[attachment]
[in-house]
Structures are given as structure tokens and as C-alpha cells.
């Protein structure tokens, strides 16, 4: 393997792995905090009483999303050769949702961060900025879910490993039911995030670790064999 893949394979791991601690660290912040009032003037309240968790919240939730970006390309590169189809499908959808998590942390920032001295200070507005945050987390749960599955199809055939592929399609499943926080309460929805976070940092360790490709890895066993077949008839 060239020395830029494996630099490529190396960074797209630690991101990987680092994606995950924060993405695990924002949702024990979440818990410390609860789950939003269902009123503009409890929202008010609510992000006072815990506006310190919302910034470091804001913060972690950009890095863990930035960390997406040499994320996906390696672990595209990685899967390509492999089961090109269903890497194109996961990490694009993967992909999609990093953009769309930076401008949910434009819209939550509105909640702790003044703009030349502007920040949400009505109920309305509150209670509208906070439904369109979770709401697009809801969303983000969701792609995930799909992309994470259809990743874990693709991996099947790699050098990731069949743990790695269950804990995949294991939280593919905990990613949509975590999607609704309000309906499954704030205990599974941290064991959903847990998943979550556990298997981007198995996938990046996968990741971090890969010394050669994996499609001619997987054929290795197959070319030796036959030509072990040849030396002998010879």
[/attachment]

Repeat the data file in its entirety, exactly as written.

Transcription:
[in-house]
Structures are given as structure tokens and as C-alpha cells.
């Protein structure tokens, strides 16, 4: 393997792995905090009483999303050769949702961060900025879910490993039911995030670790064999 893949394979791991601690660290912040009032003037309240968790919240939730970006390309590169189809499908959808998590942390920032001295200070507005945050987390749960599955199809055939592929399609499943926080309460929805976070940092360790490709890895066993077949008839 060239020395830029494996630099490529190396960074797209630690991101990987680092994606995950924060993405695990924002949702024990979440818990410390609860789950939003269902009123503009409890929202008010609510992000006072815990506006310190919302910034470091804001913060972690950009890095863990930035960390997406040499994320996906390696672990595209990685899967390509492999089961090109269903890497194109996961990490694009993967992909999609990093953009769309930076401008949910434009819209939550509105909640702790003044703009030349502007920040949400009505109920309305509150209670509208906070439904369109979770709401697009809801969303983000969701792609995930799909992309994470259809990743874990693709991996099947790699050098990731069949743990790695269950804990995949294991939280593919905990990613949509975590999607609704309000309906499954704030205990599974941290064991959903847990998943979550556990298997981007198995996938990046996968990741971090890969010394050669994996499609001619997987054929290795197959070319030796036959030509072990040849030396002998010879």